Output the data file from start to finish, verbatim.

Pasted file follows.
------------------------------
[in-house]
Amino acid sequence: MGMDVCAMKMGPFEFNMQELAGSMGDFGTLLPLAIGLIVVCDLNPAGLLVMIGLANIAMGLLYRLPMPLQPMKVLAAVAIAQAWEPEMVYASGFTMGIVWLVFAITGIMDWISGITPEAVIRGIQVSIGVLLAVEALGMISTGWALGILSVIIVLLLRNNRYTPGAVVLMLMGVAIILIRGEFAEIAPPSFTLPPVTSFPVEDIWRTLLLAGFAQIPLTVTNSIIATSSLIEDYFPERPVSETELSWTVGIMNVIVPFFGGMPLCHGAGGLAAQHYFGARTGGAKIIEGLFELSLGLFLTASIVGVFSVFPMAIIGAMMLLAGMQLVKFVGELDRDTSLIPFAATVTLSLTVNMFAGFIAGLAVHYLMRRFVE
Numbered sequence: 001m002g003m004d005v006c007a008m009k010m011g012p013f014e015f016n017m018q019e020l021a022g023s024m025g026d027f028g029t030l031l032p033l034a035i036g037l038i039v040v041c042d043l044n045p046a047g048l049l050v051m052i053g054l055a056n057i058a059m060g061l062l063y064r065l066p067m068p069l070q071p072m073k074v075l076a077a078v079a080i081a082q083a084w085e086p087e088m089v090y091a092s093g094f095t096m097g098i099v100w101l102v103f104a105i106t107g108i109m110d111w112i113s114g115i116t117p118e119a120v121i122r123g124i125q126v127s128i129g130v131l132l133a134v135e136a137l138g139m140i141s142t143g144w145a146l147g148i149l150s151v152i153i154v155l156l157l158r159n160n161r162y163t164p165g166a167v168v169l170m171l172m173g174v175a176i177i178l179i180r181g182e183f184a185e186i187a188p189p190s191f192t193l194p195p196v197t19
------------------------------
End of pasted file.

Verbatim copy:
[in-house]
Amino acid sequence: MGMDVCAMKMGPFEFNMQELAGSMGDFGTLLPLAIGLIVVCDLNPAGLLVMIGLANIAMGLLYRLPMPLQPMKVLAAVAIAQAWEPEMVYASGFTMGIVWLVFAITGIMDWISGITPEAVIRGIQVSIGVLLAVEALGMISTGWALGILSVIIVLLLRNNRYTPGAVVLMLMGVAIILIRGEFAEIAPPSFTLPPVTSFPVEDIWRTLLLAGFAQIPLTVTNSIIATSSLIEDYFPERPVSETELSWTVGIMNVIVPFFGGMPLCHGAGGLAAQHYFGARTGGAKIIEGLFELSLGLFLTASIVGVFSVFPMAIIGAMMLLAGMQLVKFVGELDRDTSLIPFAATVTLSLTVNMFAGFIAGLAVHYLMRRFVE
Numbered sequence: 001m002g003m004d005v006c007a008m009k010m011g012p013f014e015f016n017m018q019e020l021a022g023s024m025g026d027f028g029t030l031l032p033l034a035i036g037l038i039v040v041c042d043l044n045p046a047g048l049l050v051m052i053g054l055a056n057i058a059m060g061l062l063y064r065l066p067m068p069l070q071p072m073k074v075l076a077a078v079a080i081a082q083a084w085e086p087e088m089v090y091a092s093g094f095t096m097g098i099v100w101l102v103f104a105i106t107g108i109m110d111w112i113s114g115i116t117p118e119a120v121i122r123g124i125q126v127s128i129g130v131l132l133a134v135e136a137l138g139m140i141s142t143g144w145a146l147g148i149l150s151v152i153i154v155l156l157l158r159n160n161r162y163t164p165g166a167v168v169l170m171l172m173g174v175a176i177i178l179i180r181g182e183f184a185e186i187a188p189p190s191f192t193l194p195p196v197t19